Last ship she was on, they pulled a half-dissolved woman out of one of the vats. She’d been in there at least a month, going by how decayed she was, and it wasn’t until the baleares started complaining about the strange taste of the taps that anyone came looking. They’d been brushing their teeth with corpse water for weeks. Nobody knew who the dead woman was; she wasn’t part of the crew, and they were a entire ship’s year out from the islands. Coalesced, they said, which sometimes happened; sometimes space clots and spits out a corpse, sometimes people go missing. Deep water is dangerous.

Linnaeus grits her teeth behind the mask and slips into the vat, hoping the ladder will still be there when she resurfaces.


It’s been so long since the last time she was grounded that Petra has almost forgotten the trick of staying upright. The long weary hours held against the treadmill by elastic have left her dense enough, but it never switches off, not nights nor weekends. Everything aches.

She spends most of her waking hours in the apartment pool, just floating in a way that is almost but not entirely unlike being out there; anyway her back aches less. The pool is unheated, but she’s got a wetsuit that keeps her warm enough and gives her more support when she moves. Her hair crisps from the chlorine.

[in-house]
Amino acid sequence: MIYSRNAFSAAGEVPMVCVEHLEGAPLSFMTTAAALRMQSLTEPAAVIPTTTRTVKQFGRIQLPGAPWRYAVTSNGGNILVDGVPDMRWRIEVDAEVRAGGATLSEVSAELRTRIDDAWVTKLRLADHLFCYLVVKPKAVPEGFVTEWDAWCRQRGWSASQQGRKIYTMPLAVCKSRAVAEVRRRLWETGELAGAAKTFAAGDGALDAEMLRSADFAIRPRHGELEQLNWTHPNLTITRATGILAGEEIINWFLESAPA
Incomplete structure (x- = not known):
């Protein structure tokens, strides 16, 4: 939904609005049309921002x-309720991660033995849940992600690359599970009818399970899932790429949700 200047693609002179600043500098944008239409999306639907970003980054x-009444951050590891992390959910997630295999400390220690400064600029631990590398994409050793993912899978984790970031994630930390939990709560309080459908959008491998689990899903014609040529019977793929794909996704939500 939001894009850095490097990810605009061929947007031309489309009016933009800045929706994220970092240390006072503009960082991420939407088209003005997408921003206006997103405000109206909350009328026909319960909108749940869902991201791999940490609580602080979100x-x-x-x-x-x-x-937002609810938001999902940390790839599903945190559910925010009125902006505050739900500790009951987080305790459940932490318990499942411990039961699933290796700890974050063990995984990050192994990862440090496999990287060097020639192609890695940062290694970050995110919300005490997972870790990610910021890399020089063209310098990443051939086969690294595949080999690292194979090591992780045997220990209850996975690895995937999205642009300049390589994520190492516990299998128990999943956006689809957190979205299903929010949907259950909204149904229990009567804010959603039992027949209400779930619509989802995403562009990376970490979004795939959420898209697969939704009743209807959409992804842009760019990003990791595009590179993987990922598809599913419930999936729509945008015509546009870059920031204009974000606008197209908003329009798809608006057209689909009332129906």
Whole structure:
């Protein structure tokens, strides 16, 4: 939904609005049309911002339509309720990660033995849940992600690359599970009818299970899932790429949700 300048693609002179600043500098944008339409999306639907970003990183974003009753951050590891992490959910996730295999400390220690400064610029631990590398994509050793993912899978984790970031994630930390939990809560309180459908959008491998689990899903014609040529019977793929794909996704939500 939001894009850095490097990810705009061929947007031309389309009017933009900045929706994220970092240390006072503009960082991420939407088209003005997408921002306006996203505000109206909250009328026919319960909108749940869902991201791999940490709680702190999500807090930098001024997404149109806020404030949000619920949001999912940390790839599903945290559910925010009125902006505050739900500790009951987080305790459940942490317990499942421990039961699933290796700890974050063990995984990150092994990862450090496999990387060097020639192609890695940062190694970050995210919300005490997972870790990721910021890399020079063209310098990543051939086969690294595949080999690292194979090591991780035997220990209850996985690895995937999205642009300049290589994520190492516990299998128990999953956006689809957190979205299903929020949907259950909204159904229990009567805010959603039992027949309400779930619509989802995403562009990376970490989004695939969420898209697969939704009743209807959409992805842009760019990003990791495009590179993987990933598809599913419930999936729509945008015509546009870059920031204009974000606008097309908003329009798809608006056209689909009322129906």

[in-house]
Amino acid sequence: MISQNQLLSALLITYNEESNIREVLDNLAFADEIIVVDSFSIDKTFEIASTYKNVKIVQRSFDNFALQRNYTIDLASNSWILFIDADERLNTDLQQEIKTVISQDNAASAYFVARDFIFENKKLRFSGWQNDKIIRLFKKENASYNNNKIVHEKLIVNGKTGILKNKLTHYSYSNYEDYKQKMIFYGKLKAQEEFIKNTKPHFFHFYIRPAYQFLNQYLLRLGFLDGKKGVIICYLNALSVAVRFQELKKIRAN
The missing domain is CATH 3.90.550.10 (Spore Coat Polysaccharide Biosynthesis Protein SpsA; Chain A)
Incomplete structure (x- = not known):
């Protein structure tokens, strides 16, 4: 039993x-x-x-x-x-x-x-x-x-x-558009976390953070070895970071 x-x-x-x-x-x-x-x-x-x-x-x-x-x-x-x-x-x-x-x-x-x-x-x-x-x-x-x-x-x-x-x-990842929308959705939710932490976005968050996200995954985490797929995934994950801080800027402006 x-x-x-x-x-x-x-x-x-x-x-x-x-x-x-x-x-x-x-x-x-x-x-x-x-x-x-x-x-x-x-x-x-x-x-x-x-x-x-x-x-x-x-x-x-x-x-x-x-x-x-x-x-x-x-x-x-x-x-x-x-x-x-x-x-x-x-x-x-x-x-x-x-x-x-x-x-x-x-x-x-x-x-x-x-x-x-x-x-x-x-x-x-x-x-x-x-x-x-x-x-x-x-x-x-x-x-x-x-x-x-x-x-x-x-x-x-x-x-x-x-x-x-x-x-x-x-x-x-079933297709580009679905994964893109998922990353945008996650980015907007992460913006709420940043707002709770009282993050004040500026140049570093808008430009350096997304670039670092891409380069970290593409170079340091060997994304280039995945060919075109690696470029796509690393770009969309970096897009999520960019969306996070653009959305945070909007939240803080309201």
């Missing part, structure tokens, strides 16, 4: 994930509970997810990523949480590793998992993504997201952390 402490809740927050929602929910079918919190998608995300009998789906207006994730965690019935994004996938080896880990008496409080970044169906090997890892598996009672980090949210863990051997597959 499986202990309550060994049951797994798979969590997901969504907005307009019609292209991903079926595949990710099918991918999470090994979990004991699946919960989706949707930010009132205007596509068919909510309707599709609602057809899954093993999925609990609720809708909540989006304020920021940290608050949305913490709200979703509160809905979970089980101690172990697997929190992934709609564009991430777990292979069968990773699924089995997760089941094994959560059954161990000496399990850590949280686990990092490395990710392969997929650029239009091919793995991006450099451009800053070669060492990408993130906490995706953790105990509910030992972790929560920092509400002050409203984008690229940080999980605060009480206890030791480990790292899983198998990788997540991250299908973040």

She’s sitting on the bottom, weightless with yearning, when a pair of ducks fly over the fence and land on the water above her. She stays still as long as she can, lets the slight current tug her out from under them down toward the filter. When she can’t hold her breath anymore, she cracks the eggshell of the surface with her head, forces herself to breathe slowly and silently.

The ducks eye her warily.

Spare Me and God Will Spare You

Cordray’s been captured, which obviously isn’t ideal, just rotten timing and worse luck, wrong place, wrong time, wrong stars at her birth, maybe. She can hardly breathe for the knee in her back; her eyes still sting with the chemical agent they’d sprayed her with. Mild stuff, comparatively, for her tweaked system, but they don’t know that, and shouldn’t, so she lets herself puff up and weep. The crowd is screaming at the soldiers holding her down. What has she stumbled into?